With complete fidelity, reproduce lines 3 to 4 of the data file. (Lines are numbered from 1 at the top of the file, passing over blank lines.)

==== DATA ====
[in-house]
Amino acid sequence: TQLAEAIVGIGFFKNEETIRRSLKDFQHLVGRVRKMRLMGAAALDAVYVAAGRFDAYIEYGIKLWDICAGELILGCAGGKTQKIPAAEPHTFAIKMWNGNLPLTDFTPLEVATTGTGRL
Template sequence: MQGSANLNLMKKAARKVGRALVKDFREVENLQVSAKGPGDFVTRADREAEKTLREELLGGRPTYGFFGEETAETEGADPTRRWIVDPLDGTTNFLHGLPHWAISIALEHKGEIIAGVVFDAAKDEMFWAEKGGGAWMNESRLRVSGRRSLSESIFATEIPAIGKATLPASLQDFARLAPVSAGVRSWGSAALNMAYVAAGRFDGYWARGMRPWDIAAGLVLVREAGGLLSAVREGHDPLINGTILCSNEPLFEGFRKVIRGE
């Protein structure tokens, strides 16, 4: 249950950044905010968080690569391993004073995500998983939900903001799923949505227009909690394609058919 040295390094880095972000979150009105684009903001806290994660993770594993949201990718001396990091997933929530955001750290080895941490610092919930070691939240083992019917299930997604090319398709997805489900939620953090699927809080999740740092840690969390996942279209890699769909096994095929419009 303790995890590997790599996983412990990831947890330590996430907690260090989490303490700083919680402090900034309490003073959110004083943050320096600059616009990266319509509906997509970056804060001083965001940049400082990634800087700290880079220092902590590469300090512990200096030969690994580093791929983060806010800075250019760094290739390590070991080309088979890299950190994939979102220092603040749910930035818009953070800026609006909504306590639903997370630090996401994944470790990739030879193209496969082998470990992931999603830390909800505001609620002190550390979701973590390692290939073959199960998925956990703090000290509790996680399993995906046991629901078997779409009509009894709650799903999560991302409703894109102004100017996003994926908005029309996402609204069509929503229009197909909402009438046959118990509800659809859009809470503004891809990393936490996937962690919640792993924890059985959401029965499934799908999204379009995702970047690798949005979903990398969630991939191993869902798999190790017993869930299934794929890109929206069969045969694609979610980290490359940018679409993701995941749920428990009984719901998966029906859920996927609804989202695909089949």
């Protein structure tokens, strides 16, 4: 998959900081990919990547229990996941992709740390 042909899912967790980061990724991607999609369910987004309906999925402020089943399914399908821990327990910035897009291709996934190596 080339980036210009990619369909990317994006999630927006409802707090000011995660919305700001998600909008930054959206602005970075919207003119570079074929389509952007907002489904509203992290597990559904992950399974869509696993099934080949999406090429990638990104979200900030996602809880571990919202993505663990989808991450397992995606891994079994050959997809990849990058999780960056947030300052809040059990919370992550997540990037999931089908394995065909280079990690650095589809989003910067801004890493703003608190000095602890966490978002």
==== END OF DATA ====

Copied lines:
Template sequence: MQGSANLNLMKKAARKVGRALVKDFREVENLQVSAKGPGDFVTRADREAEKTLREELLGGRPTYGFFGEETAETEGADPTRRWIVDPLDGTTNFLHGLPHWAISIALEHKGEIIAGVVFDAAKDEMFWAEKGGGAWMNESRLRVSGRRSLSESIFATEIPAIGKATLPASLQDFARLAPVSAGVRSWGSAALNMAYVAAGRFDGYWARGMRPWDIAAGLVLVREAGGLLSAVREGHDPLINGTILCSNEPLFEGFRKVIRGE
């Protein structure tokens, strides 16, 4: 249950950044905010968080690569391993004073995500998983939900903001799923949505227009909690394609058919 040295390094880095972000979150009105684009903001806290994660993770594993949201990718001396990091997933929530955001750290080895941490610092919930070691939240083992019917299930997604090319398709997805489900939620953090699927809080999740740092840690969390996942279209890699769909096994095929419009 303790995890590997790599996983412990990831947890330590996430907690260090989490303490700083919680402090900034309490003073959110004083943050320096600059616009990266319509509906997509970056804060001083965001940049400082990634800087700290880079220092902590590469300090512990200096030969690994580093791929983060806010800075250019760094290739390590070991080309088979890299950190994939979102220092603040749910930035818009953070800026609006909504306590639903997370630090996401994944470790990739030879193209496969082998470990992931999603830390909800505001609620002190550390979701973590390692290939073959199960998925956990703090000290509790996680399993995906046991629901078997779409009509009894709650799903999560991302409703894109102004100017996003994926908005029309996402609204069509929503229009197909909402009438046959118990509800659809859009809470503004891809990393936490996937962690919640792993924890059985959401029965499934799908999204379009995702970047690798949005979903990398969630991939191993869902798999190790017993869930299934794929890109929206069969045969694609979610980290490359940018679409993701995941749920428990009984719901998966029906859920996927609804989202695909089949």